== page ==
+ Vulnerabilities. Who and what is vulnerable? How many old and frail elderly, and where are they? Children in parish or other schools? Property? Infrastructure (computer and communication systems)? Power and heating? School activities?

+ Communications. How would the parish communicate outside of Mass with its parishioners in the event of an emergency requiring a response?

+ Resources. What resources are available? E.g., parish organizations and institutions such as sodalities, altar societies, Knights of Columbus (or St. Peter Claver), youth groups, etc. What resources does the parish physical plant offer? Alternative heating for emergency shelter purposes? Emergency generator?

+ Spiritual health. How is the spiritual health of the parish? It is alive with joy and spirituality or dead with division and alienation, or somewhere betwixt and between? How can disasters affect the Sacraments administered through the parish? If the heat and electricity is off, where will Mass be held? As usual? In a different area where heat is available? In emergency shelters? What if people are prevented from attending due to weather disasters? Can the parish check on them and e.g. offer mass in neighborhoods?

The place to start is with a parish visitation program. This involves looking at the parish neighborhoods, recruiting volunteers, and developing a program to visit each family in the parish over a period of time. While ideally this is an evangelical visit, it can also provide the basis for a telephone "tree" to contact many people in a short time, or if the phones and electricity are not working, to communicate with the parishioners on an emergency basis. It also facilitates checking on those who are most at risk, including families with young children and the frail elderly.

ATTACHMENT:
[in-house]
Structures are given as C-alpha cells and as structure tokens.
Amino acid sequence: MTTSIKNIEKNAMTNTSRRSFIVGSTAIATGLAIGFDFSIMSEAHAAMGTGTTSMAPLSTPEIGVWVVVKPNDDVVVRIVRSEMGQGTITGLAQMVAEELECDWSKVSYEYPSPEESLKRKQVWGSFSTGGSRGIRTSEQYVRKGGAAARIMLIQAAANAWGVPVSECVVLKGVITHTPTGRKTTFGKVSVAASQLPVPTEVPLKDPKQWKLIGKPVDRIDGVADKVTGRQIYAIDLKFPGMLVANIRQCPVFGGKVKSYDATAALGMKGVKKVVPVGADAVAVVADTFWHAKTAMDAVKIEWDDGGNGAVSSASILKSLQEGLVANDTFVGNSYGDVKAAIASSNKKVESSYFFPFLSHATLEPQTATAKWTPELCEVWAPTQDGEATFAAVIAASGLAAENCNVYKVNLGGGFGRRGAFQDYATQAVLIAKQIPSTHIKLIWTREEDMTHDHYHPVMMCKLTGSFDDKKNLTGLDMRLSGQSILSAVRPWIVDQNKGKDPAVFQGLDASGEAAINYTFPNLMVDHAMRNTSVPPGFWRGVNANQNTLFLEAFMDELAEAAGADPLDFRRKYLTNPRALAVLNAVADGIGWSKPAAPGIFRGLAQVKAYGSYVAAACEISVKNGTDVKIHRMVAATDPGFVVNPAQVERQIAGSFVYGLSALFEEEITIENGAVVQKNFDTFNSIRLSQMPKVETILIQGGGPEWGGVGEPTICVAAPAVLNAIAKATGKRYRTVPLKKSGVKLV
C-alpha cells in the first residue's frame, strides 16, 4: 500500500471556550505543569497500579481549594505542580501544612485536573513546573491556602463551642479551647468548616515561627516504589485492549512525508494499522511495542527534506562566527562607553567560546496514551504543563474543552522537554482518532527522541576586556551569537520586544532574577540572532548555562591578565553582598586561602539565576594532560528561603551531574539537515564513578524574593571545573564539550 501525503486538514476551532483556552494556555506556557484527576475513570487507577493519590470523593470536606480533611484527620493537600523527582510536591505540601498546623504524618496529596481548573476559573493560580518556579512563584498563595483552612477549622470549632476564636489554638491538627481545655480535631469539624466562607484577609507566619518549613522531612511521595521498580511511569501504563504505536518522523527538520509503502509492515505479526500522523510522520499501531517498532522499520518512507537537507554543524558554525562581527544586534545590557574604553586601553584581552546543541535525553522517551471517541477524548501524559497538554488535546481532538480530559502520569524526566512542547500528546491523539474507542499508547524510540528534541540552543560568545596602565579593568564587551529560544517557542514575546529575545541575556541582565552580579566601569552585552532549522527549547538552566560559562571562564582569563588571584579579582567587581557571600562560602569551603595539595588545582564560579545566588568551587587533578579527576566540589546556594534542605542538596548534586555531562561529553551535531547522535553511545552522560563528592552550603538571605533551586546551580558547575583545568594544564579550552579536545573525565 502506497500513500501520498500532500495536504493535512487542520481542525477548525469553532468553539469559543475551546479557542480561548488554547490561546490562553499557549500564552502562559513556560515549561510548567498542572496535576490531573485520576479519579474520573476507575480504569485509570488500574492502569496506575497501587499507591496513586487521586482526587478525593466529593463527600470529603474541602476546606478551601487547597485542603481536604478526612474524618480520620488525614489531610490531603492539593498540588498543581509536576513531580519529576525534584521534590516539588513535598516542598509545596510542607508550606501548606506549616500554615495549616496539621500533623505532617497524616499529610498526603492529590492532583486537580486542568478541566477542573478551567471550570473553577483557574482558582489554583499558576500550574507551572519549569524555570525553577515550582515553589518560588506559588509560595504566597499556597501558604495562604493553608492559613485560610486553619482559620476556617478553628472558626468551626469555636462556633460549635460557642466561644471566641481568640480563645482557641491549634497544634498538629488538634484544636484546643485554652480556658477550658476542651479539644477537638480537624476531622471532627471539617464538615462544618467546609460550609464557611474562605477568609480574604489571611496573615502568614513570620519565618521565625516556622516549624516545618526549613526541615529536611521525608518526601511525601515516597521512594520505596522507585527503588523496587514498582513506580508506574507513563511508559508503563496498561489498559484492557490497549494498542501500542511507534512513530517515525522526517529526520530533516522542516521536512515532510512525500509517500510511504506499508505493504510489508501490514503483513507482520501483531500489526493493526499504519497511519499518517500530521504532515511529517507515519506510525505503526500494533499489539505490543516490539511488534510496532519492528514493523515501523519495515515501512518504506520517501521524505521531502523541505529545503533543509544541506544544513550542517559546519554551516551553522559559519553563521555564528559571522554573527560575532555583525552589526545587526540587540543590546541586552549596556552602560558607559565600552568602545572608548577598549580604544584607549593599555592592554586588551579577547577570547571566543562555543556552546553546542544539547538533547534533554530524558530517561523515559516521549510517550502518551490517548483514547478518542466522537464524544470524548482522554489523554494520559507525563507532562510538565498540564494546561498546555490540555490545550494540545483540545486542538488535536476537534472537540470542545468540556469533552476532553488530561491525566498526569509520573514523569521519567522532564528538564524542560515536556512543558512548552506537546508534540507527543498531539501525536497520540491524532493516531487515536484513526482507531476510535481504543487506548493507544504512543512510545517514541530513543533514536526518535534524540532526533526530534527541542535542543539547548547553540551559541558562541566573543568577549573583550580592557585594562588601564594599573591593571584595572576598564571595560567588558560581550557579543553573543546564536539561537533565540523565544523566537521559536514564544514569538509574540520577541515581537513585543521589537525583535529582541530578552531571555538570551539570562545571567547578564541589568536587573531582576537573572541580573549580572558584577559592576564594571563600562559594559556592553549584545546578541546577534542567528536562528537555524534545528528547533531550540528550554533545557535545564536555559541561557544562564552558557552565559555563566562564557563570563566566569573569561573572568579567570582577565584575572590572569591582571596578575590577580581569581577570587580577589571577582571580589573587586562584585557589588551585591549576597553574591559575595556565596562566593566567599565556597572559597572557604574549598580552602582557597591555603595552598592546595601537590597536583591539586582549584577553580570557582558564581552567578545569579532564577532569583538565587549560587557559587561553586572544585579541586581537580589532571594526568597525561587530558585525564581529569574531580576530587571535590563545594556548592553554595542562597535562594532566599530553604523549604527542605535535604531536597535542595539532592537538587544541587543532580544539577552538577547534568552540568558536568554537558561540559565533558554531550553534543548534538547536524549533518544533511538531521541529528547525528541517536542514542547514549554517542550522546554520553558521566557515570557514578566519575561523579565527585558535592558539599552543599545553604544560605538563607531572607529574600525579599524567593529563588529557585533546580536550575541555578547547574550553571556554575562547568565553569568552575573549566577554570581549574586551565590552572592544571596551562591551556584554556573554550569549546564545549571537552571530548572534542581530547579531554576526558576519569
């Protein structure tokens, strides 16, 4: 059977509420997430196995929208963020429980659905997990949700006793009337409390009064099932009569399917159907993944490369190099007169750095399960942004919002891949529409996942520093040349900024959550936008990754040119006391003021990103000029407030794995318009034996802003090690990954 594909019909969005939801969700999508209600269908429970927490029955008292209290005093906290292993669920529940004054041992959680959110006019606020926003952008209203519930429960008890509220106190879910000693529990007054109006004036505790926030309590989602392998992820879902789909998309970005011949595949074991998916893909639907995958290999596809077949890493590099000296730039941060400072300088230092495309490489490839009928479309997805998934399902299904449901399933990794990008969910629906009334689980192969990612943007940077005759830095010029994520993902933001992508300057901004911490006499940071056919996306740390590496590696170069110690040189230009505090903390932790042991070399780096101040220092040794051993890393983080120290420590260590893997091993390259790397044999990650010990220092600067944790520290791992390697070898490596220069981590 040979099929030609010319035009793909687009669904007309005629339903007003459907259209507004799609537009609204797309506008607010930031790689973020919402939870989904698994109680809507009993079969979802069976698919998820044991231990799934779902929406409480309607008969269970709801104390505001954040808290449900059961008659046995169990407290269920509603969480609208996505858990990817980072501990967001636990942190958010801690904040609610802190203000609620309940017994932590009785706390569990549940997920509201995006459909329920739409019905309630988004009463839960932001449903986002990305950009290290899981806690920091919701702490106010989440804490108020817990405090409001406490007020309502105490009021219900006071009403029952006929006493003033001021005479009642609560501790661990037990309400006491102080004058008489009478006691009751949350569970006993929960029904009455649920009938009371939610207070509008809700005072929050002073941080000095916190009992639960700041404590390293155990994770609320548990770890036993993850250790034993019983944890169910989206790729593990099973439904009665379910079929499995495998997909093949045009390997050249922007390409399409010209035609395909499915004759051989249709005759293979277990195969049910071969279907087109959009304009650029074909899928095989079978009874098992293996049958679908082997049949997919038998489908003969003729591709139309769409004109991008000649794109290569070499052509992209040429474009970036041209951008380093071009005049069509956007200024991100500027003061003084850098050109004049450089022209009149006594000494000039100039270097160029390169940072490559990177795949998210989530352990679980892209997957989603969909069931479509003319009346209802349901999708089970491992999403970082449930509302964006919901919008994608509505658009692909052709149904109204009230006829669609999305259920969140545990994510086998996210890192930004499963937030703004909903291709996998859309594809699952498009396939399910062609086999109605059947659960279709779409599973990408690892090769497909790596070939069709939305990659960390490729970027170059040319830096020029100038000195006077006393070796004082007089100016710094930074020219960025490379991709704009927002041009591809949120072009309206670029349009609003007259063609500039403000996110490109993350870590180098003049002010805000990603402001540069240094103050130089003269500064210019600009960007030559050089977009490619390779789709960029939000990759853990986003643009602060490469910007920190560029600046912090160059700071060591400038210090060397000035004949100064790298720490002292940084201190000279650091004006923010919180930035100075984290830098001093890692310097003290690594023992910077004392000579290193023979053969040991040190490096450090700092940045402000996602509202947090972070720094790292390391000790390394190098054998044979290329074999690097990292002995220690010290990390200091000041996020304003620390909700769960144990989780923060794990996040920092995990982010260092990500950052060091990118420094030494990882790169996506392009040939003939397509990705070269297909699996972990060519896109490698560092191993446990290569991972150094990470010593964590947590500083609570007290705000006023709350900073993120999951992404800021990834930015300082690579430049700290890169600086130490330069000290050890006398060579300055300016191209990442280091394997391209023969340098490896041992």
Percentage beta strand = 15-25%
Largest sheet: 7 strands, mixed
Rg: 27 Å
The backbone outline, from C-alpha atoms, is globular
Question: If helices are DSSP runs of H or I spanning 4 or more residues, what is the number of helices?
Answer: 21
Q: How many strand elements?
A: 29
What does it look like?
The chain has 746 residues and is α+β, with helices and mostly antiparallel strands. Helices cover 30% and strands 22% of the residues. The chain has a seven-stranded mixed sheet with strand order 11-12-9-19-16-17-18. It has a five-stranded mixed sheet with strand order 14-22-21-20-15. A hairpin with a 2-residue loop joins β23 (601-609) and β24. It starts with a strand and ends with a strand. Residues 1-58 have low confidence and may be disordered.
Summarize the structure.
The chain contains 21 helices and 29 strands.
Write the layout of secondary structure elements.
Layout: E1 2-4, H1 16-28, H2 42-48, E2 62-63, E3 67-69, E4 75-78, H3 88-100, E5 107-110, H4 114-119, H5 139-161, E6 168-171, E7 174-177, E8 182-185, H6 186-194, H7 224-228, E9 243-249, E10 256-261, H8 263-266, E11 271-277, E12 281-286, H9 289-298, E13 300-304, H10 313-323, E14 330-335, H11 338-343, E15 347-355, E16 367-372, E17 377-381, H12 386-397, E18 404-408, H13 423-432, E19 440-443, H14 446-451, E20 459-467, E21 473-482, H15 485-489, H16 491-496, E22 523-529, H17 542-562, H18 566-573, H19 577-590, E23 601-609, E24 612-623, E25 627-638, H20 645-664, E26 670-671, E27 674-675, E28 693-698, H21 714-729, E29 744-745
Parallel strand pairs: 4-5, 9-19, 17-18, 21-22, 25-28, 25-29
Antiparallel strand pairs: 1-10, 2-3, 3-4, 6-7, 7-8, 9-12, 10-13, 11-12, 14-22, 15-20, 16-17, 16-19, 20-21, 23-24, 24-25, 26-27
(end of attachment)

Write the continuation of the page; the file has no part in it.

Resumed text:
A visitation program can also facilitate development of small faith-sharing groups in neighborhoods, which will greatly enhance the evangelical and catechetical work of the parish. Continue on to seek cross-cultural, ethnic, race, economic class connections between your parish and others. Solidarity and participation are two primary building blocks of stable communities. Anything you can do to strengthen and increase the practice of these virtues in your parish will be of invaluable assistance during any kind of emergency that you might prepare for.